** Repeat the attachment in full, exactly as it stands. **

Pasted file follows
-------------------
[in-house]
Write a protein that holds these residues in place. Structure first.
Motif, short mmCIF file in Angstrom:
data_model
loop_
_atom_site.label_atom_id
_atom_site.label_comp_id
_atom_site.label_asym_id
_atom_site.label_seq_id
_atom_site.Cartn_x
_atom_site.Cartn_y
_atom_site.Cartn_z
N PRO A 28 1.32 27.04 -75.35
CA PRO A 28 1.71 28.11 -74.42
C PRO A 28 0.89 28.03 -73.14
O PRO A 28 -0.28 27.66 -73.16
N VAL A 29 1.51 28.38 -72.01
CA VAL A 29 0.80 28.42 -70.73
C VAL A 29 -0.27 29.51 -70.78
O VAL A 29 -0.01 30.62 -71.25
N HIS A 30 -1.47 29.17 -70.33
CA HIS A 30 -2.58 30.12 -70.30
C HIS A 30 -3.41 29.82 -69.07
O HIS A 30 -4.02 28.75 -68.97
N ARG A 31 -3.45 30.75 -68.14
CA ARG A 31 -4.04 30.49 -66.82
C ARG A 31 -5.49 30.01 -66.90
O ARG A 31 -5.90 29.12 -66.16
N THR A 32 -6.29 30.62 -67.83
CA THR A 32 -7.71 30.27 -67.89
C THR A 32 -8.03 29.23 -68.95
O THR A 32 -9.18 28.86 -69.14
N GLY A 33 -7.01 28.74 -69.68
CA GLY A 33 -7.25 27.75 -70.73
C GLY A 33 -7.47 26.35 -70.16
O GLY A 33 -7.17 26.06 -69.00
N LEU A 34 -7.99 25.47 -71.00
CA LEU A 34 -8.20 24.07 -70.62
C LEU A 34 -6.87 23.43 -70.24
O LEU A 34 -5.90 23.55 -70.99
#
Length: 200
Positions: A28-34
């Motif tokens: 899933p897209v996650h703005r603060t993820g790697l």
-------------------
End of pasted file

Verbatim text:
[in-house]
Write a protein that holds these residues in place. Structure first.
Motif, short mmCIF file in Angstrom:
data_model
loop_
_atom_site.label_atom_id
_atom_site.label_comp_id
_atom_site.label_asym_id
_atom_site.label_seq_id
_atom_site.Cartn_x
_atom_site.Cartn_y
_atom_site.Cartn_z
N PRO A 28 1.32 27.04 -75.35
CA PRO A 28 1.71 28.11 -74.42
C PRO A 28 0.89 28.03 -73.14
O PRO A 28 -0.28 27.66 -73.16
N VAL A 29 1.51 28.38 -72.01
CA VAL A 29 0.80 28.42 -70.73
C VAL A 29 -0.27 29.51 -70.78
O VAL A 29 -0.01 30.62 -71.25
N HIS A 30 -1.47 29.17 -70.33
CA HIS A 30 -2.58 30.12 -70.30
C HIS A 30 -3.41 29.82 -69.07
O HIS A 30 -4.02 28.75 -68.97
N ARG A 31 -3.45 30.75 -68.14
CA ARG A 31 -4.04 30.49 -66.82
C ARG A 31 -5.49 30.01 -66.90
O ARG A 31 -5.90 29.12 -66.16
N THR A 32 -6.29 30.62 -67.83
CA THR A 32 -7.71 30.27 -67.89
C THR A 32 -8.03 29.23 -68.95
O THR A 32 -9.18 28.86 -69.14
N GLY A 33 -7.01 28.74 -69.68
CA GLY A 33 -7.25 27.75 -70.73
C GLY A 33 -7.47 26.35 -70.16
O GLY A 33 -7.17 26.06 -69.00
N LEU A 34 -7.99 25.47 -71.00
CA LEU A 34 -8.20 24.07 -70.62
C LEU A 34 -6.87 23.43 -70.24
O LEU A 34 -5.90 23.55 -70.99
#
Length: 200
Positions: A28-34
């Motif tokens: 899933p897209v996650h703005r603060t993820g790697l």